Walter for Bellevue council
A vote for Stephanie Walter is a vote for a strong neighborhood advocate and an excellent representative of what community service is all about.
Her service on Bellevue’s Planning Commission and as a current member of East Bellevue Community Council prepares her well for the city council. She’s established a number of strong priorities, including preserving our parks and trails, increasing public safety (fire and police) funding, leveraging technology to get traffic “moving” and helping to solve the homelessness crisis.
Stephanie has a good grasp of what works and what cannot — and the knowledge, know-how and good judgment to ensure well-thought-out decisions are made, particularly those directly impacting Bellevue’s citizens and surrounding communities.
Her leadership skills will add value to her service on the council, providing someone who is willing to listen to all sides of an issue, making the best possible decision as a result.
When completing your Primary Election ballot, do not forget to give Stephanie Walter your vote for Position 3.
Robertson for Bellevue council
Jennifer Robertson has served the people of Bellevue and surrounding communities for three terms as a city councilmember. Her unwavering efforts to ensure Bellevue is a high quality place to live, work, start a business and raise a family have been recognized and applauded. This level of devotion to our city and all its citizens needs to continue, as it is this continuity of service and understanding of the very real issues facing our city that needs to be supported going forward.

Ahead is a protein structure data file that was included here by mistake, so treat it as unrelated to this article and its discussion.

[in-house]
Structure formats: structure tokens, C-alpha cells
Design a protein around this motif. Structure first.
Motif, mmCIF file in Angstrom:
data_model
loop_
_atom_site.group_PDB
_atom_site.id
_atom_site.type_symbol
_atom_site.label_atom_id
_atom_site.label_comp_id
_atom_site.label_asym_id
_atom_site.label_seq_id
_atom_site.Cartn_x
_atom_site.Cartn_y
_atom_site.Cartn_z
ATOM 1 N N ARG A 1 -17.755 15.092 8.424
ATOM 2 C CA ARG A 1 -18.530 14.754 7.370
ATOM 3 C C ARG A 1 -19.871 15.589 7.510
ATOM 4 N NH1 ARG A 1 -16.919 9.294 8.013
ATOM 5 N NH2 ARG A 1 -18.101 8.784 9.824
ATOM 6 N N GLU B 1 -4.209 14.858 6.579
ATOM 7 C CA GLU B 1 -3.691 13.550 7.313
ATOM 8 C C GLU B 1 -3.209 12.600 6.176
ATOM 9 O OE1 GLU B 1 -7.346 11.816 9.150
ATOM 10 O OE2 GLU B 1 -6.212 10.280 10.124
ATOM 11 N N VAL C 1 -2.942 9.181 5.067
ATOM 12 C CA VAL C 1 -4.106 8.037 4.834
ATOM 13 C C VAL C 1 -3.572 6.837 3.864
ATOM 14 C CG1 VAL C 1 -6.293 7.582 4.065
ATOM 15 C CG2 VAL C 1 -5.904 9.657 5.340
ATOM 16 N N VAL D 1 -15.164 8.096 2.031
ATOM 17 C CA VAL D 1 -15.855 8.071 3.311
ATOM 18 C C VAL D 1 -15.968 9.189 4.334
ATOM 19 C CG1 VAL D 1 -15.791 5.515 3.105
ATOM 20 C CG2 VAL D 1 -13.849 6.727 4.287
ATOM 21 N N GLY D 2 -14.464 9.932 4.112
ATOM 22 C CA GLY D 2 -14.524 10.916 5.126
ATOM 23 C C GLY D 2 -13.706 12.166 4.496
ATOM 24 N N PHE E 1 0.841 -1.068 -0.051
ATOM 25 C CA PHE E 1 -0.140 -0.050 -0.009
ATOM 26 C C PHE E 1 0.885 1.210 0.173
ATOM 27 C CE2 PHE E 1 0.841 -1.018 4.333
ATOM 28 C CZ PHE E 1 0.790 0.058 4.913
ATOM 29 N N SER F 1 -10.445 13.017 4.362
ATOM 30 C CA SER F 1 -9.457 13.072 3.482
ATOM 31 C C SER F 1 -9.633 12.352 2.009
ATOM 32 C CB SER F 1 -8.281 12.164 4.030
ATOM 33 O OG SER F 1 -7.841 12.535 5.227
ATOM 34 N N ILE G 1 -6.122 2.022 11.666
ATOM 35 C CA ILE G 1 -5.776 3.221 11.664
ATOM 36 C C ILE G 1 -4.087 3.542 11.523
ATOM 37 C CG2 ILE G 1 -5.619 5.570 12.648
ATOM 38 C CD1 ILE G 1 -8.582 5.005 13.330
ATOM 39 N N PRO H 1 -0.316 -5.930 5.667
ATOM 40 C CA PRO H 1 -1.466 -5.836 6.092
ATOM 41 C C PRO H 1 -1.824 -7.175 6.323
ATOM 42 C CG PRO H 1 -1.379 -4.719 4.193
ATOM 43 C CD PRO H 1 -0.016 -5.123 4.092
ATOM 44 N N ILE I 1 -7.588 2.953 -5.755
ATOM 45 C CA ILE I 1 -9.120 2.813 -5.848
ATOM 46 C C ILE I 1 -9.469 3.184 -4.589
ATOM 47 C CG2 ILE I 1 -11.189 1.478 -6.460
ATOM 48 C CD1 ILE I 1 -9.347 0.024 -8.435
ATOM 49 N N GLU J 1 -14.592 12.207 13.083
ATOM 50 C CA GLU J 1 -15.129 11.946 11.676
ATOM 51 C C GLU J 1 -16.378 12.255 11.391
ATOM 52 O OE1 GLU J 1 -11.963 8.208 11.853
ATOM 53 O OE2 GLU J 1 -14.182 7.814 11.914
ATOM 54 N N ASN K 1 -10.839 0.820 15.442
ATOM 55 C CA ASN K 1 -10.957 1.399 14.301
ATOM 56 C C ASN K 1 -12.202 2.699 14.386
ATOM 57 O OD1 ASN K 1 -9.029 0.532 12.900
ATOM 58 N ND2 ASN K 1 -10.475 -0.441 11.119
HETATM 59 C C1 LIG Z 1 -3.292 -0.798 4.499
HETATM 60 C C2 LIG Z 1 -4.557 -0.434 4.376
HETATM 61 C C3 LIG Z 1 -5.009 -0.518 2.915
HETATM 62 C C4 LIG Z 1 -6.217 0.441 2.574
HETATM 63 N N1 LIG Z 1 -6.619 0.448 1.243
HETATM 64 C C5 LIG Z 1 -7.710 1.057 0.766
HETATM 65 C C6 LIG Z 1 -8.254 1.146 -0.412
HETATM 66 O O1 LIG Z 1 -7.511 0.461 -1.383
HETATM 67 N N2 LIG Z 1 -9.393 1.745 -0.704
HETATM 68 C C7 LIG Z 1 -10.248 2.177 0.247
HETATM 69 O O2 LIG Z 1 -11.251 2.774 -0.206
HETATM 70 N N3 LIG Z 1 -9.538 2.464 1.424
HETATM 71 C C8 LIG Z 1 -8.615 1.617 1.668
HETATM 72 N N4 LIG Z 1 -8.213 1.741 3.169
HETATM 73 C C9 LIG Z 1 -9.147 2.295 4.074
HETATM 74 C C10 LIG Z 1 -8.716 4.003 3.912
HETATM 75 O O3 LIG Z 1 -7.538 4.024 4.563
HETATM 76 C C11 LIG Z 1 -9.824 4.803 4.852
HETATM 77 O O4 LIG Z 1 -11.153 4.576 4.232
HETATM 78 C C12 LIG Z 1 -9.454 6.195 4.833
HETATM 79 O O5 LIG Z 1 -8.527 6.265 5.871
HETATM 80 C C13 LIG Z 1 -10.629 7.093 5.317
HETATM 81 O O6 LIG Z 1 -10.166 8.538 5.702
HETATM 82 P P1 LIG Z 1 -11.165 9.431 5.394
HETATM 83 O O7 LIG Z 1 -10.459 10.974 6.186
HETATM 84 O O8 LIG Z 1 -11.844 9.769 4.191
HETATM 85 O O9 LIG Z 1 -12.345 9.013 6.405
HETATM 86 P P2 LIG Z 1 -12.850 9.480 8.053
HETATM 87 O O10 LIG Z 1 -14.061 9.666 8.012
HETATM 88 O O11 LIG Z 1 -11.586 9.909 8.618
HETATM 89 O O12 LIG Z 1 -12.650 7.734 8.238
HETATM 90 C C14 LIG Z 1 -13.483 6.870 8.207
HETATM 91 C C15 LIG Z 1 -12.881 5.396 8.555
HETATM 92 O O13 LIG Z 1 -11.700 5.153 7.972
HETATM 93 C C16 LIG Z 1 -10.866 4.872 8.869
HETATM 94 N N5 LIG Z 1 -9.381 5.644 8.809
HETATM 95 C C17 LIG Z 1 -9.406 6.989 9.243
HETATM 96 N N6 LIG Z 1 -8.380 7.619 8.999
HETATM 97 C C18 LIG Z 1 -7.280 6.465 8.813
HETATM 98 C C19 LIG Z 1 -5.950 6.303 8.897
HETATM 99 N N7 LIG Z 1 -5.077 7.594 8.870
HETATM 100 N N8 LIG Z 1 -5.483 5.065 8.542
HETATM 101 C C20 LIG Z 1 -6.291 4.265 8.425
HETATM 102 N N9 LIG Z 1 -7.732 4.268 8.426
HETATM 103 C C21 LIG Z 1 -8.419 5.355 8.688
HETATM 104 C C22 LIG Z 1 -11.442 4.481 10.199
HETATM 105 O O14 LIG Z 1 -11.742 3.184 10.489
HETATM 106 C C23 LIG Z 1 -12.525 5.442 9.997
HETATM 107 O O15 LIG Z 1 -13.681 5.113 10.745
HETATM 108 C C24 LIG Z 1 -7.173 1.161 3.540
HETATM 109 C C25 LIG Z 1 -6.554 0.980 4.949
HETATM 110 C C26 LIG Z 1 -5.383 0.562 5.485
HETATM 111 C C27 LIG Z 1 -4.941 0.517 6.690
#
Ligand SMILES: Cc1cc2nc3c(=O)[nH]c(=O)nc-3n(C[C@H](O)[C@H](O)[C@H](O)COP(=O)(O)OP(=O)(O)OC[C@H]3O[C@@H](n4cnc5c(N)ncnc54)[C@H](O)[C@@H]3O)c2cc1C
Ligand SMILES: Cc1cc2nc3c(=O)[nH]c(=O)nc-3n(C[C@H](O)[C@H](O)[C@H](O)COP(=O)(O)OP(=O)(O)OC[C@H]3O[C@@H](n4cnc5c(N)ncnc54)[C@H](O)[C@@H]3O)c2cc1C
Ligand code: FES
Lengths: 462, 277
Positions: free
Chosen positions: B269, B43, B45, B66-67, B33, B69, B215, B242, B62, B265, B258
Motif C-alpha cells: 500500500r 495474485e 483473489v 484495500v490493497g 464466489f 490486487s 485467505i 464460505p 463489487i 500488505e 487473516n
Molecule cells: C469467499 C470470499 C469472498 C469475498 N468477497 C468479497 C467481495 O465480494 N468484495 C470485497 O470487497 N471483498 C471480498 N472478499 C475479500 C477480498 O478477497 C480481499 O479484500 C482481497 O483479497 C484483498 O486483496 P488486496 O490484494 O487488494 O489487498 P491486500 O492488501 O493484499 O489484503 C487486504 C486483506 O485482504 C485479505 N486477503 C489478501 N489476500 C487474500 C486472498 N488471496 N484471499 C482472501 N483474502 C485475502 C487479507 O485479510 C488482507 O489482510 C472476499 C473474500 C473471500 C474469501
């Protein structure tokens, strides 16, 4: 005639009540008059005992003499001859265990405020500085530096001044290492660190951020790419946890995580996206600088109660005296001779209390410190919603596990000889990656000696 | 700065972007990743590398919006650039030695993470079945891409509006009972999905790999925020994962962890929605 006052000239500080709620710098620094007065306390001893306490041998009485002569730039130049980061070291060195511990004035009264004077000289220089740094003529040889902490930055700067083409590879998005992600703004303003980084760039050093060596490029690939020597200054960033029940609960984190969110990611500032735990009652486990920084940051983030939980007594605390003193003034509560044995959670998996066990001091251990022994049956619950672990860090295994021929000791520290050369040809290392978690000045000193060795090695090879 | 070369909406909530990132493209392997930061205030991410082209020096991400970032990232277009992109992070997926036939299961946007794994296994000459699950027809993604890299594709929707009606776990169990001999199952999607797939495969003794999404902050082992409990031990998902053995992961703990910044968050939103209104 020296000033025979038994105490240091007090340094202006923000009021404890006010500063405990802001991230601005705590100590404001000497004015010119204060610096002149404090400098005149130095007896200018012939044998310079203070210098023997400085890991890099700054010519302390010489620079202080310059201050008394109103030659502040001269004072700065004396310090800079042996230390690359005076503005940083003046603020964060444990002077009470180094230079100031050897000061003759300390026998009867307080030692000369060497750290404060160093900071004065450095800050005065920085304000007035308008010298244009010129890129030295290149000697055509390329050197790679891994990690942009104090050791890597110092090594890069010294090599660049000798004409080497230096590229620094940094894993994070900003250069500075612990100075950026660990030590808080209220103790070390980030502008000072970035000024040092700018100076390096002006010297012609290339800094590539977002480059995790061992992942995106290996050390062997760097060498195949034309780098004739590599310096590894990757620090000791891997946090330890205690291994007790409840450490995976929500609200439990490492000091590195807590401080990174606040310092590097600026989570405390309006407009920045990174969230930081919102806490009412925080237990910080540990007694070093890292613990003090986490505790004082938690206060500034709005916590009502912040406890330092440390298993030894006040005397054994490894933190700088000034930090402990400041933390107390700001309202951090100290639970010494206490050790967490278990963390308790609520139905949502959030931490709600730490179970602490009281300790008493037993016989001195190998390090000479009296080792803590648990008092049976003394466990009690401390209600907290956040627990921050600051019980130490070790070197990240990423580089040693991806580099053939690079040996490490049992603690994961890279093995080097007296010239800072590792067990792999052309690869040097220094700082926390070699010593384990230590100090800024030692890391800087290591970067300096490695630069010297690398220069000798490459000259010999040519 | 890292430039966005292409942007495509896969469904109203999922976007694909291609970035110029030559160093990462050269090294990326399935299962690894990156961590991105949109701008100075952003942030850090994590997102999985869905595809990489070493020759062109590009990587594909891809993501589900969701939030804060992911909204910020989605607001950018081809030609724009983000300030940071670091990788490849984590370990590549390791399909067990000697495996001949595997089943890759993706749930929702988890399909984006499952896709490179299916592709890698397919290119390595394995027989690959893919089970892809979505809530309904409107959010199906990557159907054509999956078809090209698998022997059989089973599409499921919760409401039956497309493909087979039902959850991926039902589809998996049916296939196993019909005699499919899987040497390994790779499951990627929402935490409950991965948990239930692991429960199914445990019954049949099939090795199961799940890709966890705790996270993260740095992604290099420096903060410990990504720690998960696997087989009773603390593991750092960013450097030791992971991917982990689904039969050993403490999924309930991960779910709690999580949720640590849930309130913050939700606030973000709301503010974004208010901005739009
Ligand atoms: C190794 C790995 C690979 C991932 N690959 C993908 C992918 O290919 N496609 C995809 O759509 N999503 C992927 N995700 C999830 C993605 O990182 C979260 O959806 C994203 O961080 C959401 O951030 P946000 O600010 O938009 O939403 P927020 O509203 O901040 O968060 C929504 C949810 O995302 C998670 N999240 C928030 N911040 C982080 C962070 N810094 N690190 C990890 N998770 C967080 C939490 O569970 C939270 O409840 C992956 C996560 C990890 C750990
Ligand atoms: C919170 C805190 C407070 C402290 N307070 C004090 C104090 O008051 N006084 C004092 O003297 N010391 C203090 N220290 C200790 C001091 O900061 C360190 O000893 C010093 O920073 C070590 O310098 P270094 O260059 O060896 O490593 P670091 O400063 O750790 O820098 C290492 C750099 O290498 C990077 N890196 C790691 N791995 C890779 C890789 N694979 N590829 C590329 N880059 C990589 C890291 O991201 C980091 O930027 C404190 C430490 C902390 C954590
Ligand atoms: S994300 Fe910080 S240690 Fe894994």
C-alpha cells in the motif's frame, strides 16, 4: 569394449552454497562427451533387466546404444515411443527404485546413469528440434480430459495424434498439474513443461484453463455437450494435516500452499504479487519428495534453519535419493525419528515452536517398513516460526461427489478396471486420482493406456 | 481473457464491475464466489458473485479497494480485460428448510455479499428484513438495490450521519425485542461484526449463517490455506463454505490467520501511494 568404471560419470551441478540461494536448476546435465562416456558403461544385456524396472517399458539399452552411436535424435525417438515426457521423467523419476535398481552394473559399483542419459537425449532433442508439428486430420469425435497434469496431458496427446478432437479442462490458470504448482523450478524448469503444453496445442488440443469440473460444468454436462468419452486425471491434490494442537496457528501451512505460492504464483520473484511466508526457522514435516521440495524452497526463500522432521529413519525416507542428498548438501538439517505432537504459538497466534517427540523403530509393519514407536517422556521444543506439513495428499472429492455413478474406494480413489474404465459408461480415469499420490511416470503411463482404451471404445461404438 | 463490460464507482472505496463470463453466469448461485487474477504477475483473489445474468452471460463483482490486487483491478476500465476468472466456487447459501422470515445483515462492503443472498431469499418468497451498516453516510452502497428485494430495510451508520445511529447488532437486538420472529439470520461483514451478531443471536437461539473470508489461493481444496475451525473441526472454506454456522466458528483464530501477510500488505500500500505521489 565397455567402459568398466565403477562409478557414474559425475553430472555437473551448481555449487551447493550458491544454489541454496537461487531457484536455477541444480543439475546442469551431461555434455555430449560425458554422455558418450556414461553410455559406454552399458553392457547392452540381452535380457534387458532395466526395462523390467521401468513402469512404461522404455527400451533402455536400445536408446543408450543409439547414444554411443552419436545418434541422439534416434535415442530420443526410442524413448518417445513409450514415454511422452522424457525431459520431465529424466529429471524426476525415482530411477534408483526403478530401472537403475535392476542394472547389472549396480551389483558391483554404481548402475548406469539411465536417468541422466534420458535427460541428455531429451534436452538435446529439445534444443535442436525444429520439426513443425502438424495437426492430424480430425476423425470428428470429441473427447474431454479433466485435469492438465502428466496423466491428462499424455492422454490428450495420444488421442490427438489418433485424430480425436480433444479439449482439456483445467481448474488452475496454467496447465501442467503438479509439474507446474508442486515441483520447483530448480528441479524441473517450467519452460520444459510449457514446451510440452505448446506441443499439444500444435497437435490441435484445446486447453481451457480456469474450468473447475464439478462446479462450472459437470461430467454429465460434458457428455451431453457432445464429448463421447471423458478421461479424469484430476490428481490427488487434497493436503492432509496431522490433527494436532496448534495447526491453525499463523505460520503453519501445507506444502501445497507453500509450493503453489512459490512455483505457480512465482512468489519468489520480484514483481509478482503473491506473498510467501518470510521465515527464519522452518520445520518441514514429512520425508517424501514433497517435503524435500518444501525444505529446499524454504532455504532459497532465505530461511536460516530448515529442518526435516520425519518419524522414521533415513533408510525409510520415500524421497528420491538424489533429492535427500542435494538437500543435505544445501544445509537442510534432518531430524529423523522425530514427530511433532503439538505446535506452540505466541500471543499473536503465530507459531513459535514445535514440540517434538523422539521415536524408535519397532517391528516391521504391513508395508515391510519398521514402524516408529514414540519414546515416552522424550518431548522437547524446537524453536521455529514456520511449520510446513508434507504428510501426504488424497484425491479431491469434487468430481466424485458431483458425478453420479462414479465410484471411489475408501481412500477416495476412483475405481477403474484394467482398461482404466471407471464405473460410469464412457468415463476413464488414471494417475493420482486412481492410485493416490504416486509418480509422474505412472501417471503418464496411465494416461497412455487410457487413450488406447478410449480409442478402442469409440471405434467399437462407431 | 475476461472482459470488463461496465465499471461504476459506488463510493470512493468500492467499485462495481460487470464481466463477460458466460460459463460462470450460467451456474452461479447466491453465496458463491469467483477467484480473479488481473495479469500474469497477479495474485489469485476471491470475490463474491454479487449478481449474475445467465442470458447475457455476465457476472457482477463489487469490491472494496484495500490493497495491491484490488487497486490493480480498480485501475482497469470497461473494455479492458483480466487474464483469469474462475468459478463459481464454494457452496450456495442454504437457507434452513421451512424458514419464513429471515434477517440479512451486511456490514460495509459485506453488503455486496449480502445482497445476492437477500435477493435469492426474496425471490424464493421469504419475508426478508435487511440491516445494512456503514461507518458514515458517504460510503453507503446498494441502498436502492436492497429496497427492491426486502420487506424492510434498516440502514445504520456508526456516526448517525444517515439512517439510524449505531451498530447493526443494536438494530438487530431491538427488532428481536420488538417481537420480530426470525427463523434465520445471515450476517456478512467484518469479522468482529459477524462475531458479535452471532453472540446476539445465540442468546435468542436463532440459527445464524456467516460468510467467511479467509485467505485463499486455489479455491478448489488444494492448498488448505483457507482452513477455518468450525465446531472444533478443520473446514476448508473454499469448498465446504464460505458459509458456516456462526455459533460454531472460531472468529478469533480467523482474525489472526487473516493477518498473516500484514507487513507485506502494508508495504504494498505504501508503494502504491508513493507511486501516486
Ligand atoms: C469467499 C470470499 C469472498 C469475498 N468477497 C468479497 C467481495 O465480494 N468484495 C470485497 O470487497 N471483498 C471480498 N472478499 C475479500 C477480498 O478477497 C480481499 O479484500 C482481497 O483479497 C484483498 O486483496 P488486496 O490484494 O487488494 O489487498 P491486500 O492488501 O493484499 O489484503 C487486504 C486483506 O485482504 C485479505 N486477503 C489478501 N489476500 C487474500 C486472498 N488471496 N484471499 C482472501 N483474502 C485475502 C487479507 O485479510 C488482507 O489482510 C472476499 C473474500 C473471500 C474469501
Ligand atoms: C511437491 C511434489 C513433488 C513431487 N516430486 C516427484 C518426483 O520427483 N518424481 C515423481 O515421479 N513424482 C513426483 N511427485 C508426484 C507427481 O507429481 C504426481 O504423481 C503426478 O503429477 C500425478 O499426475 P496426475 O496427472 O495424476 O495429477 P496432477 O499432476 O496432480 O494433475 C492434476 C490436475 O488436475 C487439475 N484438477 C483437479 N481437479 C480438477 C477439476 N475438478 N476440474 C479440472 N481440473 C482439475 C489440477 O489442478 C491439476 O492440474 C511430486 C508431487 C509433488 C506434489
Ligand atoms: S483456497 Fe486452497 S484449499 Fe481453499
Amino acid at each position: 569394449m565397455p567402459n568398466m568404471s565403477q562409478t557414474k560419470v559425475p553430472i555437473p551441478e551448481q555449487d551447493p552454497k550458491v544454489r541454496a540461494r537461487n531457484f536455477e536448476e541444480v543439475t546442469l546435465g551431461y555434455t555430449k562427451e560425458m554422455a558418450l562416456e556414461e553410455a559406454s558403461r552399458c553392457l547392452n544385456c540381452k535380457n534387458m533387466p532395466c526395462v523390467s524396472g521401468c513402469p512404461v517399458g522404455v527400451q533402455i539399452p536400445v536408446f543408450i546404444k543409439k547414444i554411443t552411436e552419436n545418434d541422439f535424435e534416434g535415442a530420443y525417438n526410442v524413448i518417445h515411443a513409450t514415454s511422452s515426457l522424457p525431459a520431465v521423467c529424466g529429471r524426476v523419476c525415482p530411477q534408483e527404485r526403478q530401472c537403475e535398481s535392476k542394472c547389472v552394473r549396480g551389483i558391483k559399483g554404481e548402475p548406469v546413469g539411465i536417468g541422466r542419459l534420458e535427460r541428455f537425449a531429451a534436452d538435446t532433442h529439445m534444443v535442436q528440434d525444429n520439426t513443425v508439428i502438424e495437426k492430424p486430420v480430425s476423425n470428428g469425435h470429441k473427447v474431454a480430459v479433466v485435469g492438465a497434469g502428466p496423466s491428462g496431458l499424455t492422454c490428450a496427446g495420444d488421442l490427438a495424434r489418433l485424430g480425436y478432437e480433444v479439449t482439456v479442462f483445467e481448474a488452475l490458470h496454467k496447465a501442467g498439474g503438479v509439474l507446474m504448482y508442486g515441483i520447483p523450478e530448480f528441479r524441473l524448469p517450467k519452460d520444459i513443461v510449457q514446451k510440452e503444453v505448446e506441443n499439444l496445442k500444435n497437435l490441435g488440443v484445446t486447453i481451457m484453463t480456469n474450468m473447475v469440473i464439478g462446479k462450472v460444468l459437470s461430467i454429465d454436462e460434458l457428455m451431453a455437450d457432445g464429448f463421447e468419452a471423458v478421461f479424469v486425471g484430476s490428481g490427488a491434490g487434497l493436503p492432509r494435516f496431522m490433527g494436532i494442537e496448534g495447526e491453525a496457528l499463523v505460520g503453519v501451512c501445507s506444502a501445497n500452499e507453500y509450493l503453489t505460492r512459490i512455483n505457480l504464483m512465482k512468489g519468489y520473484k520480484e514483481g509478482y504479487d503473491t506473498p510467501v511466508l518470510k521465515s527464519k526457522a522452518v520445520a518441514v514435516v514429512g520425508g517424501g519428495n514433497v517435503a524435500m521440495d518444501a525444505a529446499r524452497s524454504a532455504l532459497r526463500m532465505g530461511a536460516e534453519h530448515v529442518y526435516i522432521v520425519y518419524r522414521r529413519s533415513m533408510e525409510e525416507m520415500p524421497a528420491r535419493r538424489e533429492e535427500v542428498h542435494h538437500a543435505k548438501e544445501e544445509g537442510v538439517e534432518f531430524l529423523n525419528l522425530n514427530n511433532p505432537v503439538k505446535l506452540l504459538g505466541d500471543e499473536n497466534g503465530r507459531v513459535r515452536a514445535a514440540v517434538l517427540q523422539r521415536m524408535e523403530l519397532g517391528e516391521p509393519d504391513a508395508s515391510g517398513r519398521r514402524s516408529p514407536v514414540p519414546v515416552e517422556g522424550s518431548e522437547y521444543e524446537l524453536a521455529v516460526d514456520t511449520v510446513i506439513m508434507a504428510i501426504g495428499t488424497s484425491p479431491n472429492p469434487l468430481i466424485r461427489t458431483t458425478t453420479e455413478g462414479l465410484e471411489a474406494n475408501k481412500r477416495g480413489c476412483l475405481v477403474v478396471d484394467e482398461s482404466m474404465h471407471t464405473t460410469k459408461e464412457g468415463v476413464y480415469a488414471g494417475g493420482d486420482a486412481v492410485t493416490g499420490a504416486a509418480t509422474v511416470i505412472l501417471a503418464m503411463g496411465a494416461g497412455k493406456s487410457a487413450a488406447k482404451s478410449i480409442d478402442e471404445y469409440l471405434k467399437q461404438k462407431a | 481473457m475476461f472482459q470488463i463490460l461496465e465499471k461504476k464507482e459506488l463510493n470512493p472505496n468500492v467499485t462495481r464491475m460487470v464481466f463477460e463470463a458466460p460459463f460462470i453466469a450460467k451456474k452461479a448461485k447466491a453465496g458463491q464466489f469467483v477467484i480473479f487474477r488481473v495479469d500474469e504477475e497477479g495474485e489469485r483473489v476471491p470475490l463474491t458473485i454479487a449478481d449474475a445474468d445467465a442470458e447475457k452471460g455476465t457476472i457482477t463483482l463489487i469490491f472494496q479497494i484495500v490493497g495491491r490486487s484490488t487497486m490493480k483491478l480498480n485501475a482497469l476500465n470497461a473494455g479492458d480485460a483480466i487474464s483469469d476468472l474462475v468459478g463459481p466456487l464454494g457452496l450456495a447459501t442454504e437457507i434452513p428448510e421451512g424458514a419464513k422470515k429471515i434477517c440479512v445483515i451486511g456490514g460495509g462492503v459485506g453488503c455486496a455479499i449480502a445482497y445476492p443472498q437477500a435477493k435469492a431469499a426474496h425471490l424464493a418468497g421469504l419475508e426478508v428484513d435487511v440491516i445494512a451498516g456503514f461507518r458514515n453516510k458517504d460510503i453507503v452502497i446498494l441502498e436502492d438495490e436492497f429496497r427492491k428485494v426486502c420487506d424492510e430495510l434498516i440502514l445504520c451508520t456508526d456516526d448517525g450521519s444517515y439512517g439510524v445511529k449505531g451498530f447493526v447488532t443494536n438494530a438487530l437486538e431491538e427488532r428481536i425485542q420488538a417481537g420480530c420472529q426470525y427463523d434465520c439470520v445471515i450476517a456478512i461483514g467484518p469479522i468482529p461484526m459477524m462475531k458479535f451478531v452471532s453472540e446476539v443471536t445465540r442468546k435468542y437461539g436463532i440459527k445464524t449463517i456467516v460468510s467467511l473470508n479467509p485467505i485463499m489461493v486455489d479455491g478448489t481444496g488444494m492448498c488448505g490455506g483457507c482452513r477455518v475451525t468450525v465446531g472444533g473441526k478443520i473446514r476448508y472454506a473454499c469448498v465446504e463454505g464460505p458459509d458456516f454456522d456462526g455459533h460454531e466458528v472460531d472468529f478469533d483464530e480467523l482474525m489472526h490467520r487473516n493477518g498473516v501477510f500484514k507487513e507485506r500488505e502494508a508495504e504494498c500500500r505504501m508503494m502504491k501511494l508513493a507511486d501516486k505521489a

Without a doubt, she has earned the trust of our city’s citizens by her direct involvement in that which has a direct impact on each of us: increasing public safety and emergency services, city investments in neighborhoods, easing congestion and improving access in/around Bellevue and promoting smart economic growth. These are but a few priorities that will receive her continued attention and dedicated efforts.
Jennifer has more than earned the vote, and it is recommended that Jennifer receive yours in the upcoming Primary Election for Position 7.
Bike lanes don’t make sense
It’s a lovely idea, that we could go back in time and make bicycles a viable means of transportation. If only it made sense.
Precious parking spaces and traffic lanes usurped by an infinitesimally tiny percentage of cyclists is just stupid.
I live in downtown Bellevue on Northeast 2nd. I can sit and look out my window all day and all week and never see a cyclist while residents and visitors drive around, unsuccessfully, looking for a parking space. And then some cyclists still use the sidewalk. 108th Avenue Northeast is no better and the lanes there just create more congestion.
Amazon just announced plans for a 43-story tower. How many more cars will that add to our streets, and yet the transportation department plans to remove traffic lanes from Main Street for another bicycle lane no one will ever use.
I am not anti-bicycle or anti-environment. I’m anti-nonsense.
There are traffic laws that govern road-sharing between cars and bikes. Use them. Or show me the benefits anyone, outside of the rare cyclist, is receiving from either the existing bike lanes or the new one planned for Main Street. Where is your evidence, Bellevue, bike lanes are needed? Because I don’t see anyone using them.
Tower not good news
The Bellevue Reporter’s July 12, 2019, headline “Amazon’s tower plans reveal serious commitment to Bellevue expansion” is not “good news” for this 52-year Bellevue resident. First, I object to Amazon being allowed to create a 600-foot monolith that “towers” over the rest of the city. The Bellevue council should consider limiting its height.
Second, even more important, is what’s below the tower. How many parking stalls will Amazon be allowed, adding to the congestion endured by those currently commuting into and out of the city? The Bellevue City Council owes them to limit the number of parking stalls Amazon will be allowed below the tower.
If Amazon is “a company that wants to work with City Hall to prepare for the arrival of their thousands of employees” they should do what Microsoft does (and needs to do far more), provide employees with shuttle service from near where they live to the “tower.” That’s the way Amazon can be “part of the solution.”